EPA Chief Set to Visit North Dakota

WASHINGTON, DC - SEPTEMBER 20: Environmental Protection Agency Administrator Gina McCarthy addresses a breakfast event at the National Press Club September 20, 2013 in Washington, DC. McCarthy announced that the EPA is proposing regulations to limit greenhouse gas emissions, which requires future coal burning power plants to decrease 40 percent of their emission. 
National Journal
Clare Foran
See more stories about...
Clare Foran
Feb. 24, 2014, 12:55 p.m.

En­vir­on­ment­al Pro­tec­tion Agency Ad­min­is­trat­or Gina Mc­Carthy will vis­it North Dakota at the re­quest of Demo­crat­ic North Dakota Sen­at­or Heidi Heitkamp at the end of the week to dis­cuss the fu­ture of coal and eth­an­ol pro­duc­tion in the state.

Heitkamp and Mc­Carthy are set to make a joint ap­pear­ance in Bis­mar­ck, North Dakota on Fri­day where the EPA chief will field ques­tions from the me­dia and hear from state res­id­ents about the po­ten­tial im­pact of agency policies on the coal and eth­an­ol in­dus­tries.

In Septem­ber, the EPA re­leased a draft pro­pos­al to lim­it car­bon emis­sions from new power plants. The agency is cur­rently writ­ing a pro­pos­al to cut emis­sions from ex­ist­ing plants that is due out this sum­mer.

The EPA also put for­ward in Novem­ber a pro­pos­al to cut the total amount of bio­fuels, in­clud­ing eth­an­ol, that will be blen­ded in­to the U.S. fuel sup­ply un­der this year’s re­new­able-fuel stand­ard, a fed­er­al man­date that sets tar­gets for the amount of re­new­able fuels to be ad­ded to gas­ol­ine each year.

Heitkamp has voiced cri­ti­cism of both sets of policy pro­pos­als, say­ing that she be­lieves they will have a neg­at­ive im­pact on do­mest­ic coal and eth­an­ol pro­duc­tion.

“I’m grate­ful that she [EPA Ad­min­is­trat­or Mc­Carthy] agreed to vis­it North Dakota, and this trip will be an op­por­tun­ity for North Dakotans to have their voices heard,” Heitkamp said in a state­ment. “I’m look­ing for­ward to hav­ing mean­ing­ful dis­cus­sions about the need to find a real path for­ward for coal, and how eth­an­ol provides good jobs and has en­vir­on­ment­al be­ne­fits that shouldn’t be over­looked.”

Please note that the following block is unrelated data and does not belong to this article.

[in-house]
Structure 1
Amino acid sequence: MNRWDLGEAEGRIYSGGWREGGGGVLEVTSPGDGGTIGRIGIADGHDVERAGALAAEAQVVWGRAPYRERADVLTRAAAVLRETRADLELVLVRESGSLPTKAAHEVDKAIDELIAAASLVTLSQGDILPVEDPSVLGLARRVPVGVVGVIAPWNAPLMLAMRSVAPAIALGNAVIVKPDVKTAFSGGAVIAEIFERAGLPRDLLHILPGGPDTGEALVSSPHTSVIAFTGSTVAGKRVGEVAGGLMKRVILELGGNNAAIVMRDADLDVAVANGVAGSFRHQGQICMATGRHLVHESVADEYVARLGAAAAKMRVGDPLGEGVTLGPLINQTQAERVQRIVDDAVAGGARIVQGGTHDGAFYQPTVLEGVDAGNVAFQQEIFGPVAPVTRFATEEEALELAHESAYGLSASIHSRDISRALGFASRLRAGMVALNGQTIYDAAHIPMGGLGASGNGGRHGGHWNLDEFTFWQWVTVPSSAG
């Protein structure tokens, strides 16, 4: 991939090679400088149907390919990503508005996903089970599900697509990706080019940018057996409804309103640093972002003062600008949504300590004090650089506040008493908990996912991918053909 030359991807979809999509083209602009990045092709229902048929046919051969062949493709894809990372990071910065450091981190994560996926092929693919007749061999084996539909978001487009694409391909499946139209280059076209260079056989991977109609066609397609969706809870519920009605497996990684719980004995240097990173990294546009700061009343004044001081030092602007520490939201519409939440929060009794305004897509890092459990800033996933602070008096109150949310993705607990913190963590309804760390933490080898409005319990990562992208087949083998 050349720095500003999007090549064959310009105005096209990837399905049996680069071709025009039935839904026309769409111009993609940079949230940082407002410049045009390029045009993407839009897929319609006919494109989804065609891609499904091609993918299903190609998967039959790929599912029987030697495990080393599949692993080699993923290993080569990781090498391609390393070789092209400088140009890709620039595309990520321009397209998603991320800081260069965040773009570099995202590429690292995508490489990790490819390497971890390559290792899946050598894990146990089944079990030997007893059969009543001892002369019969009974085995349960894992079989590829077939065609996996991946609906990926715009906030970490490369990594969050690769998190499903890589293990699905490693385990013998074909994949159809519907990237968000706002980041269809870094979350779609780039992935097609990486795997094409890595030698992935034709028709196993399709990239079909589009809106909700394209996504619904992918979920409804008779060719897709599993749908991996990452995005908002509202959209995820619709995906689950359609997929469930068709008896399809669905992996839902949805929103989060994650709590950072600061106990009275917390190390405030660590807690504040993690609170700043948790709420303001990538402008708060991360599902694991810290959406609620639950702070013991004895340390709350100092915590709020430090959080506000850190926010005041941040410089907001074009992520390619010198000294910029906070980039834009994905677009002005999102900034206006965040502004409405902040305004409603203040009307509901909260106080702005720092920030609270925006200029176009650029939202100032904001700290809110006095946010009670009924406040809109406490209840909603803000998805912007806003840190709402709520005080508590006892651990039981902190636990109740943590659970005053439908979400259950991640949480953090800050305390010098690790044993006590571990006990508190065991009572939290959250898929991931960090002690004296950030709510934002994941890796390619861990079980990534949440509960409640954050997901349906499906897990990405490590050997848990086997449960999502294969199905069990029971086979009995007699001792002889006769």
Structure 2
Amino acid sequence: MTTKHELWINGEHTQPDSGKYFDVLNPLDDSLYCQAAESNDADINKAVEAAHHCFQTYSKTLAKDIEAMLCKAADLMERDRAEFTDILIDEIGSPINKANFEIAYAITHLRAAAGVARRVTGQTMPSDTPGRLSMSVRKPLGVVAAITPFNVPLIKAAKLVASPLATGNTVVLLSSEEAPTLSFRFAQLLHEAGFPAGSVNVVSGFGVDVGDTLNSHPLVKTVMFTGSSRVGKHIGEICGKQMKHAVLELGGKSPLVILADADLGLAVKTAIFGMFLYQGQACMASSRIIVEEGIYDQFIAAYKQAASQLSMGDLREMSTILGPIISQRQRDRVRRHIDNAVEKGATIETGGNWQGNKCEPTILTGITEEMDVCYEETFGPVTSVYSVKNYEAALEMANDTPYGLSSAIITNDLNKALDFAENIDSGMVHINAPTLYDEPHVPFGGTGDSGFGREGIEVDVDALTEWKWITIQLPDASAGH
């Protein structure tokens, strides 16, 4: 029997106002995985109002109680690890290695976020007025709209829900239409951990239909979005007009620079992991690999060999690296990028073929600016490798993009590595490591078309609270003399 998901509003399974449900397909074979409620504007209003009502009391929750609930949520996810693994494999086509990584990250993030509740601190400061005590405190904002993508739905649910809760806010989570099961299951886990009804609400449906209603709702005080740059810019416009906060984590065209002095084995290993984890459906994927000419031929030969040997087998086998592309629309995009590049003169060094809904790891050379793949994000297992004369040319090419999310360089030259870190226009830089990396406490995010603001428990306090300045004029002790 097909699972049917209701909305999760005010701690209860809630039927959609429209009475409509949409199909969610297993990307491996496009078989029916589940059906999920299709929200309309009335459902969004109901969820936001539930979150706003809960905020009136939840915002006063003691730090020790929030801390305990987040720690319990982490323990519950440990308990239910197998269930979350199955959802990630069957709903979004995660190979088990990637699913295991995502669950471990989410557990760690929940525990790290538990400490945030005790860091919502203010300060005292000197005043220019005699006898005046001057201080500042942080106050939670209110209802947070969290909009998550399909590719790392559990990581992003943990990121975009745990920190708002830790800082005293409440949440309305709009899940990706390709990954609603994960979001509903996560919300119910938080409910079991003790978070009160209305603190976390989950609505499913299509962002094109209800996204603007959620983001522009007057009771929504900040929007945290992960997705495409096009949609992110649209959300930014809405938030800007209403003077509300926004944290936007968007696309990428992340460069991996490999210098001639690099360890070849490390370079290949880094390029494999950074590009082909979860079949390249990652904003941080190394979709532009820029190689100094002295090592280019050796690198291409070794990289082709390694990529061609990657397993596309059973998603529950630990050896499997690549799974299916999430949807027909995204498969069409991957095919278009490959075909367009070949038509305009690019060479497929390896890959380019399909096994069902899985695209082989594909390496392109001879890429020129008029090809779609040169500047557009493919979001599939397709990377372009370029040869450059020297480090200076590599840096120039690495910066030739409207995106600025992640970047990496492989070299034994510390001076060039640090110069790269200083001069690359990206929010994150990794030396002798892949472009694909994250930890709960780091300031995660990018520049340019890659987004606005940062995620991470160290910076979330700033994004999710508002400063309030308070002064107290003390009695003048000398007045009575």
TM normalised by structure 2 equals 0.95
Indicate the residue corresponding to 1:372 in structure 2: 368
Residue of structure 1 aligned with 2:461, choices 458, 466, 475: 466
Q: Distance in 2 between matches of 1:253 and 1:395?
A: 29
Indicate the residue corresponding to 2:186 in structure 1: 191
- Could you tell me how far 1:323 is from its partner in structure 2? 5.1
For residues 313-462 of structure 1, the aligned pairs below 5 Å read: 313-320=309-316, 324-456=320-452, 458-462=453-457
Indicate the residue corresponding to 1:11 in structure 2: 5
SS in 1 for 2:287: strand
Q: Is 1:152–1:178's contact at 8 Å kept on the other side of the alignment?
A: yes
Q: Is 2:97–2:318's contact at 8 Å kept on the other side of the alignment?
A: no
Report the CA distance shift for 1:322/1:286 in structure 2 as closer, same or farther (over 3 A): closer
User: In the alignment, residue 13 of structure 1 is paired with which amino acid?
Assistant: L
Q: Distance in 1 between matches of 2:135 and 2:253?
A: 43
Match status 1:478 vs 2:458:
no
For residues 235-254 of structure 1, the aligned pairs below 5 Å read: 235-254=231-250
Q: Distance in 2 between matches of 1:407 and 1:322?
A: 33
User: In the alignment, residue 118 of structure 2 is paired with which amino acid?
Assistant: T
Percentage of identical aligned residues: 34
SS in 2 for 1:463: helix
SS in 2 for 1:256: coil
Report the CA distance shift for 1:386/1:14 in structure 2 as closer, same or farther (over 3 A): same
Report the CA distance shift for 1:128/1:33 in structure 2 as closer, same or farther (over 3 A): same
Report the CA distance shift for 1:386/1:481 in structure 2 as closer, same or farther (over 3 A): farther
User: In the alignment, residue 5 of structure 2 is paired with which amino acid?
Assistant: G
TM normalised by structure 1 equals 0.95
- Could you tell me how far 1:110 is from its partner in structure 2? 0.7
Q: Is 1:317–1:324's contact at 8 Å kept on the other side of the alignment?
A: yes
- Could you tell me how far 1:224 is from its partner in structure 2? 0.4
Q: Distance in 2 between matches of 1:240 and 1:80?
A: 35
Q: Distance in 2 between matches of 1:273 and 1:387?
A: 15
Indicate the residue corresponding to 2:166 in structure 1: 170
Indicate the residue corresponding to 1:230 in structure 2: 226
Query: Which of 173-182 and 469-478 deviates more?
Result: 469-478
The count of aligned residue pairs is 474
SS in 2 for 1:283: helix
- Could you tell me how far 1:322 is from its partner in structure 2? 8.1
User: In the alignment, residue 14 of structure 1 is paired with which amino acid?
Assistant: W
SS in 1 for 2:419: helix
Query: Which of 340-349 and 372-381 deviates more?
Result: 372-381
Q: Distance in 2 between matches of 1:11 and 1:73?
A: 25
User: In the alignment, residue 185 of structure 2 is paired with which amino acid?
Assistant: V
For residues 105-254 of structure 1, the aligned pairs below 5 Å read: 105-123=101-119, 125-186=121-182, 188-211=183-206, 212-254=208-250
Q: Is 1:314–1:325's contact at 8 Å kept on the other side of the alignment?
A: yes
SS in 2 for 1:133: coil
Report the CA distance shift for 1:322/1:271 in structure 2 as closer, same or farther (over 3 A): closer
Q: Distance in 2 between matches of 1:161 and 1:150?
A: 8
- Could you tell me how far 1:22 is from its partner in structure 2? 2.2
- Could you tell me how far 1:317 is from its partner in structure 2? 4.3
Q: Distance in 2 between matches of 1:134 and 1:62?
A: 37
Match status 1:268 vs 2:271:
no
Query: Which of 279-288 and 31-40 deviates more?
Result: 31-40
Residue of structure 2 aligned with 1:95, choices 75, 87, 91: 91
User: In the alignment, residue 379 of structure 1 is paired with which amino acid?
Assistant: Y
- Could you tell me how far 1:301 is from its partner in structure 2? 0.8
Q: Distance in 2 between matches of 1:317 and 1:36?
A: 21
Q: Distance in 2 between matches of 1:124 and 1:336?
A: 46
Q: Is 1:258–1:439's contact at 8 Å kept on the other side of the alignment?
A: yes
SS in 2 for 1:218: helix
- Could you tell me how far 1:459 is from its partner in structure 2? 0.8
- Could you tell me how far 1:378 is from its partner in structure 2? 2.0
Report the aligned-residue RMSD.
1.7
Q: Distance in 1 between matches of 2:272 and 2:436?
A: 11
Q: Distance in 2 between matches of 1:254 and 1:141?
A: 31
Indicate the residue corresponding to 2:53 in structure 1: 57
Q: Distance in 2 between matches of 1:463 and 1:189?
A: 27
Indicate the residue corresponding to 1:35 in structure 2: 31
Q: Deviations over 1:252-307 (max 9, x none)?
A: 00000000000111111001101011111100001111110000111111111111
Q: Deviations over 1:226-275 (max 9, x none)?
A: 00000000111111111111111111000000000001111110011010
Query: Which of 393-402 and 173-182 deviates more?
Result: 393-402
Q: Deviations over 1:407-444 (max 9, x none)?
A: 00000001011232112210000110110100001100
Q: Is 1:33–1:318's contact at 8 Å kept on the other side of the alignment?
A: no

What We're Following See More »
ON GUN RIGHTS
Trump Jr. Meeting with GOP Members
3 hours ago
THE LATEST
FLOPPY DISKS
US Nukes Rely on Decades-Old Tech
3 hours ago
THE DETAILS
‘NO BASIS IN LAW’
Eleven States Sue Administration Over Transgender Bathroom Access
5 hours ago
THE LATEST

The great restroom war of 2016 continues apace, as eleven states have sued the Obama administration in federal court, claiming its federal guidance on how schools should accommodate transgender students "has no basis in law." "The lawsuit was filed in the U.S. District Court for the Northern District of Texas on behalf of Alabama, Arizona, Georgia, Louisiana, Maine, Oklahoma, Tennessee, Texas, Utah, West Virginia and Wisconsin. The lawsuit argues that the federal government has worked to turn workplaces and schools 'into laboratories for a massive social experiment.'"

Source:
NEXT STOP: THE FLOOR
Puerto Rico Debt Bill Passes House Committee
6 hours ago
THE LATEST

By a 29-10 vote, the House Natural Resources Committee today passed the bill to allow Puerto Rico to restructure its $70 billion in debt. The legislation "would establish an oversight board to help the commonwealth restructure its un-payable debt and craft an economic recovery plan."

Source:
WITHIN 15 DAYS OF NOMINATION
Wyden Bill Would Make Nominees’ Tax Disclosures Mandatory
6 hours ago
THE DETAILS

"Though every major party nominee since 1976 has released his tax returns while running for president, the practice has never been required by law. Sen. Ron Wyden (D-OR) wants to change that. The senior Democrat on the Senate Finance Committee, which handles tax issues, introduced a bill on Wednesday that would force presidential candidates to release their most recent tax returns. The Presidential Tax Transparency Act, as the bill is called, would require candidates to make their latest three years of tax returns public no later than 15 days after becoming the nominee."

Source:
×